By Zam Yahaya
Generally, when we look for economic indicators, we always refer to the statistics of economic activity and performance of a particular sector, employment rate, consumer spending, property price and the most common is the performance of companies in the stock market.
But those information are often too late for most of us to make decisions in our business or our life. When those figures are published by the economists, it is mainly useful for large corporations or the government of the day to take reactive action in adjusting their policies.
Do you know that there various economic indicators around you that you can use to anticipate the outcome or the performance of the economy without depending too much on analysts and economists who most of the time provide you with “historical” figures?
Here are my stories…
In 2010 when I was in my final semester of completing my Masters In Islamic Finance I took up a teaching job in Kuantan. Since it’s only a 1-1/2 year contract and a three-day job in a week, I did not bring my family there, but rented a room instead at a small town called Balok.
Balok was originally a fishing village but the booming fabrication industry of Gebeng turned it into a small town. More like a cowboy town actually, due to a high number of foreign workers there. But the beauty of its beaches and the fishing village remains, until the bauxite mining activities peaked and turned the town into a red town polluted by the red earth the lorries spill all over the town. When it reached the stage of not conducive for living, I moved back to KL, despite being offered an extension of my contract.
Balok is also close to the Kuantan Port and to Terengganu, being about 15 km from Cherating. The people there mainly speak Malay with a thick combination of Terengganu and Pahang accents and I found it very difficult to understand them. If they mention a word, I can understand, but when they string a few words into a sentence, most of the time I could not figure what they were trying to say. Even non-Malays speak the same strange “Malay language”.
So during my free time besides fishing, I love to cycle around Balok and communicated with the locals. I talked to the fishermen, to the food operators along the beach, to anglers and I even spoke to lorry drivers moving goods in and out of Kuantan port. Not only did I discover a lot of things about their life, I also improved my Bahasa Terengganu after a while.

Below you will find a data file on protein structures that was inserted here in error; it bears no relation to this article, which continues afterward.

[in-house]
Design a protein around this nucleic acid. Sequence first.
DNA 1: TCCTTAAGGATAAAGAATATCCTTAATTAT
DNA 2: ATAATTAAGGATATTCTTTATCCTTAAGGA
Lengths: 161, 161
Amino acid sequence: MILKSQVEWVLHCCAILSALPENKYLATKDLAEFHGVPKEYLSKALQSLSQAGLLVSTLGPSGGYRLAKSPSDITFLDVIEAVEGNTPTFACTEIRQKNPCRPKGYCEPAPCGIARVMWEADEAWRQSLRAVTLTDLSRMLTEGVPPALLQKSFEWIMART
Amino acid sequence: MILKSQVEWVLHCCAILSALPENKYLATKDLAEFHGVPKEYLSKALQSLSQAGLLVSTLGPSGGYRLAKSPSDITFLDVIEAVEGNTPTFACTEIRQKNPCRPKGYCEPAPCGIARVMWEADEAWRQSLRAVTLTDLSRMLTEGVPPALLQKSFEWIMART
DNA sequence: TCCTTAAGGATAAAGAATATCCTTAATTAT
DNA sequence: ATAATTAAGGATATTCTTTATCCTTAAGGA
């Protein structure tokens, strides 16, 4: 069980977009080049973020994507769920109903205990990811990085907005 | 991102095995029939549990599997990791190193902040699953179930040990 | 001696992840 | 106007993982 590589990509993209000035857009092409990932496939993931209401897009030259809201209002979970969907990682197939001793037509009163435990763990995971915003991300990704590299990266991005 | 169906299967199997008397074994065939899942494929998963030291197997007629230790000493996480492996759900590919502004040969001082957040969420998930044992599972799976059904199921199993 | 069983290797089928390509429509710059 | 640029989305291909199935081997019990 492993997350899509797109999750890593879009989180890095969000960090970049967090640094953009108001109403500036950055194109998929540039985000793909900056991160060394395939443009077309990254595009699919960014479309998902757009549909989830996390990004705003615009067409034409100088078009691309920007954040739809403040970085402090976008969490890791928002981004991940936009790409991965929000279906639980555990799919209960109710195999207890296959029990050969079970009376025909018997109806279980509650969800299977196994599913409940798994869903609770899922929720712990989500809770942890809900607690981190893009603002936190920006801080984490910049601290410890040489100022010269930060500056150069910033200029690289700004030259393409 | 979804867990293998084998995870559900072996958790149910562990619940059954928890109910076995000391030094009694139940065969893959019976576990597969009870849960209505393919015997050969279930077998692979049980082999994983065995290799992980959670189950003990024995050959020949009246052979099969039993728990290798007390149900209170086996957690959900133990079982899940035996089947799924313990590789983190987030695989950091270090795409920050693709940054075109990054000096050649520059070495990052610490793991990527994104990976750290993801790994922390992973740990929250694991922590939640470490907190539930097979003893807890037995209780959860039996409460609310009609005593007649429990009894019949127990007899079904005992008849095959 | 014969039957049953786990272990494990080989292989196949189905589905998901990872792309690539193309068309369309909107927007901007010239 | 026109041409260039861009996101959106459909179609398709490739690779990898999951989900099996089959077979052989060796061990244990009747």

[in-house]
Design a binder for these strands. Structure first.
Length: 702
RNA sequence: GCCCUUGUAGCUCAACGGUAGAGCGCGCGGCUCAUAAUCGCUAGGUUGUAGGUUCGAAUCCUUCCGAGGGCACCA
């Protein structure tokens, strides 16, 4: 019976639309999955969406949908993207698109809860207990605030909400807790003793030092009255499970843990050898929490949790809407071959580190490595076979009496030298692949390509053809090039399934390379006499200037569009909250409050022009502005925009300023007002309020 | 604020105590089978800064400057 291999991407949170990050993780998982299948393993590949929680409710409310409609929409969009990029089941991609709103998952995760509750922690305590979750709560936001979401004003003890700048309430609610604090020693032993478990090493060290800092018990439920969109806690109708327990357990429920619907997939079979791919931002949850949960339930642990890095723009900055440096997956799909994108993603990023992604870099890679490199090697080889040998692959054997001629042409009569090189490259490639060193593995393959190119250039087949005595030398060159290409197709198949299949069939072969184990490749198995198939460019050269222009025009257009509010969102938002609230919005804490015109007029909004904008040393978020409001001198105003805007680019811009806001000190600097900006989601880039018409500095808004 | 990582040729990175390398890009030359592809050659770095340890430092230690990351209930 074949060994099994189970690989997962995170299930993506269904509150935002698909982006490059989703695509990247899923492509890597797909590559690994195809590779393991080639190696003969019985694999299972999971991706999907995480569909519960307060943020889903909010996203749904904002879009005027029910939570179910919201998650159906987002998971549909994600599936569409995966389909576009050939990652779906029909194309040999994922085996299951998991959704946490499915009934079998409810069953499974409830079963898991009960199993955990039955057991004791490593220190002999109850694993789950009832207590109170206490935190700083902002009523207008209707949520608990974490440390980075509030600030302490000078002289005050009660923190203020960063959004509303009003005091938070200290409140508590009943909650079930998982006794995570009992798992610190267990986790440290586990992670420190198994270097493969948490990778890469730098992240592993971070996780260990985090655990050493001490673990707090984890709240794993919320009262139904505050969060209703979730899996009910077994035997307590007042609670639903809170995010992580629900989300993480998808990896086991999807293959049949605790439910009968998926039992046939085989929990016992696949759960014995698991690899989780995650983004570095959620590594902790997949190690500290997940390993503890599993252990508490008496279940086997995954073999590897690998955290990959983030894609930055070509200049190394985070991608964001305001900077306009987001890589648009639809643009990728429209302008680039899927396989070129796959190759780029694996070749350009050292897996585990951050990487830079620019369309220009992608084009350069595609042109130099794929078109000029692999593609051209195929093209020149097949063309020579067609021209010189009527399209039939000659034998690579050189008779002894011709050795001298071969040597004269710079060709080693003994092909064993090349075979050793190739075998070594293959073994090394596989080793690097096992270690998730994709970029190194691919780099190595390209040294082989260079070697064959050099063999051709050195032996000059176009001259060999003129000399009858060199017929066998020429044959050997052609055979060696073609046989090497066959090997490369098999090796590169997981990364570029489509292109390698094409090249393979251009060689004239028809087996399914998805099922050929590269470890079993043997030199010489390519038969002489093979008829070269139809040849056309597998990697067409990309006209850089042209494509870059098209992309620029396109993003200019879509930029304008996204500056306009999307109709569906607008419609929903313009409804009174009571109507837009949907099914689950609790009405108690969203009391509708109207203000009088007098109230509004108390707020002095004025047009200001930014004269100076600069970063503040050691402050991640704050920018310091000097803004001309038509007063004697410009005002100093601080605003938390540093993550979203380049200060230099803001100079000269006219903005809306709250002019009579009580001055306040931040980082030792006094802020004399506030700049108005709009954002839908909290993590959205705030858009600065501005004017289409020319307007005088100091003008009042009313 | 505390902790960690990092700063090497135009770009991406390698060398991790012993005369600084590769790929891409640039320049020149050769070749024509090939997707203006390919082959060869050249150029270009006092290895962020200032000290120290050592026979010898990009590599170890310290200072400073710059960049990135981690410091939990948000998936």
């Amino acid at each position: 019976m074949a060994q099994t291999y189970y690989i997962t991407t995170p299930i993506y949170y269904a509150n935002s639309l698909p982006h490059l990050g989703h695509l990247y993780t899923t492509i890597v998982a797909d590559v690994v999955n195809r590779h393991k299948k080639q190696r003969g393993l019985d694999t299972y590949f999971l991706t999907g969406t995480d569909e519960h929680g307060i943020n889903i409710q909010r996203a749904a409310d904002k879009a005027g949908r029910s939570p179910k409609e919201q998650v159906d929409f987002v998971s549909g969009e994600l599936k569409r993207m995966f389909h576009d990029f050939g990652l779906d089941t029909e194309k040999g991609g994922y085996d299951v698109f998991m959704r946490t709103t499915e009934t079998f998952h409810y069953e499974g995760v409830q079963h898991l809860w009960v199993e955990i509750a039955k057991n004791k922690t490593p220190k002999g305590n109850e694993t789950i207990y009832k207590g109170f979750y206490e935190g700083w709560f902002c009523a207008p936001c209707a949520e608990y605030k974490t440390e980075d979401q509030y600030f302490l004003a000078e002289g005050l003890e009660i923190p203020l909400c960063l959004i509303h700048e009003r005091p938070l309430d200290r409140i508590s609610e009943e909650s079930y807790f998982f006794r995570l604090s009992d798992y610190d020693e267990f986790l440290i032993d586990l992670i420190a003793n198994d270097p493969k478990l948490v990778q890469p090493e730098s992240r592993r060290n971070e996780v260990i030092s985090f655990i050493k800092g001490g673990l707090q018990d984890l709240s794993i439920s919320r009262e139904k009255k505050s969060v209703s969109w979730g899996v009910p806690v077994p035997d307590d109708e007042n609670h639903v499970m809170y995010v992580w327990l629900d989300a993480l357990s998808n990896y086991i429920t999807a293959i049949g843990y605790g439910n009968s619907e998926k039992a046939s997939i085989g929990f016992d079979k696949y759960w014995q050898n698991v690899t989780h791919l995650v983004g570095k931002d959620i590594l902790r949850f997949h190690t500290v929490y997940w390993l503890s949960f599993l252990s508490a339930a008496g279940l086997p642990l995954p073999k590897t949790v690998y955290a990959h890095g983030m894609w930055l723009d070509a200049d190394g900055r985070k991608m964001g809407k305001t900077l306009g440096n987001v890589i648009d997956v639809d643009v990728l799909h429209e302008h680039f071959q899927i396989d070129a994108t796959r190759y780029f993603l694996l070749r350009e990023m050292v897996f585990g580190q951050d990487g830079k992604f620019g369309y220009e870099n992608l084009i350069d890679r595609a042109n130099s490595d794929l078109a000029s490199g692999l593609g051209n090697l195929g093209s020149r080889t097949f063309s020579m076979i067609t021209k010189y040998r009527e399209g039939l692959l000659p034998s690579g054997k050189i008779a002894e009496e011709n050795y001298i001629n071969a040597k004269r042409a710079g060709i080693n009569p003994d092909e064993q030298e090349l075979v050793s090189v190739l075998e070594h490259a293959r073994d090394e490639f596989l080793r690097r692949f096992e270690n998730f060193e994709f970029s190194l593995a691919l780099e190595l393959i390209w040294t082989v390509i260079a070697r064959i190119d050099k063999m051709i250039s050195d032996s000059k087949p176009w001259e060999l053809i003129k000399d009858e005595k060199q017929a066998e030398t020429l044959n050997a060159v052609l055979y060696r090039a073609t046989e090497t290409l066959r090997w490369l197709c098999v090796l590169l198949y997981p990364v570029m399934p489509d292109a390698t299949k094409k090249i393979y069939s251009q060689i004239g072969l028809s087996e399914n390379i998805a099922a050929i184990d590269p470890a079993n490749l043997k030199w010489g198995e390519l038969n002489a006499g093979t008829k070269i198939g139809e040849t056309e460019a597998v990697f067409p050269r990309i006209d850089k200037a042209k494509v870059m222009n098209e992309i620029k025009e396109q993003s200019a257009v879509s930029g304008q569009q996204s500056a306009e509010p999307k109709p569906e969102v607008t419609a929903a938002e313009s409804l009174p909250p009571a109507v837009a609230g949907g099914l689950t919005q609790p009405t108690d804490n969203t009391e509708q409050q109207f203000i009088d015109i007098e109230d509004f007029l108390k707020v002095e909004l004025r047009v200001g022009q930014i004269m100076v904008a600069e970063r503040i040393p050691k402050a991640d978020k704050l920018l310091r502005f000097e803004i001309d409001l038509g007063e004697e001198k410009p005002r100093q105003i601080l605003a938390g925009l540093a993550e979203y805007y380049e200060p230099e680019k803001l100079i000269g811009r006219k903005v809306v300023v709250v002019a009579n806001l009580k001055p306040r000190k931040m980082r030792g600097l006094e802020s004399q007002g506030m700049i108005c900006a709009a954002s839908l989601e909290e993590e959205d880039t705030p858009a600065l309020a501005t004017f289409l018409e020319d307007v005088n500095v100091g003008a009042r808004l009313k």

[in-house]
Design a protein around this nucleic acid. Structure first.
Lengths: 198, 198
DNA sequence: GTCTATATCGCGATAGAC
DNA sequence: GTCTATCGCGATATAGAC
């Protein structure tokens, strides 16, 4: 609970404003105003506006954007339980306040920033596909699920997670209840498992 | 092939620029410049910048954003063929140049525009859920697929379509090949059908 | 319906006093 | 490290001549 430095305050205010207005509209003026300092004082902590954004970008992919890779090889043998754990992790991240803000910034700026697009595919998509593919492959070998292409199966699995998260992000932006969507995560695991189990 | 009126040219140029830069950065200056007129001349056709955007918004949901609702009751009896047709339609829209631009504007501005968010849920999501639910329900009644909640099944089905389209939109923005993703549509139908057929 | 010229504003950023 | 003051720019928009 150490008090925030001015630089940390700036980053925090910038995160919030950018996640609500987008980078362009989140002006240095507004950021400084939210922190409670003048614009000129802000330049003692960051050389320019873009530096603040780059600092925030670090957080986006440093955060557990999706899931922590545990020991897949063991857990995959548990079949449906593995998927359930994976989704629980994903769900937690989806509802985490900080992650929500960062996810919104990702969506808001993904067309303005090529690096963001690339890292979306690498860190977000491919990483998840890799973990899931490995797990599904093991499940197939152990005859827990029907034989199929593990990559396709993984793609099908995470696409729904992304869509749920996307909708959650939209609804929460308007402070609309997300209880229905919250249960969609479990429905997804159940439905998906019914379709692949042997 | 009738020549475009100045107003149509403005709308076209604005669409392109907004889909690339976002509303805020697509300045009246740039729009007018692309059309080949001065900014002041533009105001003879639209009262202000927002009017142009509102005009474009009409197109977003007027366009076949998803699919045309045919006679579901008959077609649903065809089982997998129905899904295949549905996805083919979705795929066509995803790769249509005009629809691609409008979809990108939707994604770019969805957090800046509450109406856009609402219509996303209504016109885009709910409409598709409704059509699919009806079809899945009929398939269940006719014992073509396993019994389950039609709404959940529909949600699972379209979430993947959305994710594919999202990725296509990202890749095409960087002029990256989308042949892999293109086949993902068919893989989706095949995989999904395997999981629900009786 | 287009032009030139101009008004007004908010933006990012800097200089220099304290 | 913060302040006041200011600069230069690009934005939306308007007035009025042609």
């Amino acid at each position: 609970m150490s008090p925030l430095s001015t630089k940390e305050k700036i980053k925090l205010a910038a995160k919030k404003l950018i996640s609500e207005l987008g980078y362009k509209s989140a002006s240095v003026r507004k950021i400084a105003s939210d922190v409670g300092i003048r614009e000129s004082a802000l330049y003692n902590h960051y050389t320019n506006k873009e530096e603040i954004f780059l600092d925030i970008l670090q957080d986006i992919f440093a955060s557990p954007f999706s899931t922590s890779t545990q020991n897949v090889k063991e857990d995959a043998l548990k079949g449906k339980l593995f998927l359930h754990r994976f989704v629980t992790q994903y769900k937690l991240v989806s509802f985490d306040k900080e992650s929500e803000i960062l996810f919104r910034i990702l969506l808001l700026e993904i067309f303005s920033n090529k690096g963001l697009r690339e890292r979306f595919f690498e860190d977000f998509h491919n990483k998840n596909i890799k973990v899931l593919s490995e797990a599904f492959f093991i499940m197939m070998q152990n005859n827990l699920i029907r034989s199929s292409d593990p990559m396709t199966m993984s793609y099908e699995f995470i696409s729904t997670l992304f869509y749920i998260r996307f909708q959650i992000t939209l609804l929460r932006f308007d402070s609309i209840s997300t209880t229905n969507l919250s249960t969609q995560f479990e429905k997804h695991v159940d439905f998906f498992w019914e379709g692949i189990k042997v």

In one of my conversations with one of the lorry drivers, I asked him how much they were earning these days. To my surprise someone named Din told me that sometimes they make close to RM 5,000 a month. But that depends on how many trips one is willing to take. A few months earlier, he was only earning about RM2,000 a month. But lately, there were more trips where he got to transport goods in or out of the Kuantan port. He said his income improved as he got more trips. He asked me what I do for a living and said I teach economics. He then told me don’t understand why the newspaper were still saying the economy was still slow while his economy and the town’s economy are doing well.
Understandably, the country was recovering from the global economic meltdown that hit the world and Malaysia was not spared. But we were among a few nations that came out of it quite early. Thanks to the pro-active economic transformation programme adopted by our PM6 then, we had achieved a straight eight years of steady economic growth until 2018.
Booming Economic Report
A couple of months later, the economists and analysts started to publish a booming economic report and our trades were improving through leaps and bounds. I quickly recalled my conversation with Din. Actually, when I was having the conversation with that lorry driver, our economy had already picked up fast.
When trades are high, it means more imports and exports because consumptions are higher due to more economic activities. And of course import and export means more goods to be transported in and out of the port. And who will be better and the first to know when there is a high turnover at the port? Lorry drivers!
So guys, if you want a first hand economic indicator, don’t just look at the stock market or what the economist has to say. Most of the time, they are not sure themselves and depends on obsolete reports. Look around you, talk to the second-hand car dealers or the advertising agencies for example. These are the early indicators of whether the economy is doing well or not.
One of the things I don’t understand then was why the price of food in Kuantan was as high as in Kuala Lumpur or even Johore Baru? The price of ikan kembung there then was RM18 per kilo compared to only RM12 in KL despite Balok being a fishermen’s village and Kuantan is near the sea. Lunch in Kuantan or even in Balok town can be as expensive as having lunch in Bangsar or Taman Tun Dr Ismail in KL. Due to that, after a few months, I decided to cook myself and learnt to cook simple dishes such as Chicken Curry, Masak Lemak & Singgang.
But when I persistently dug for more info from the fishermen at Balok, I discovered why the price of fish was high in Kuantan. That will be another story for another day because the issue is quite complex, but suffice to say that there were trades concluded in the middle of the sea before those fish even arrive at the jetty! – New Malaysia Herald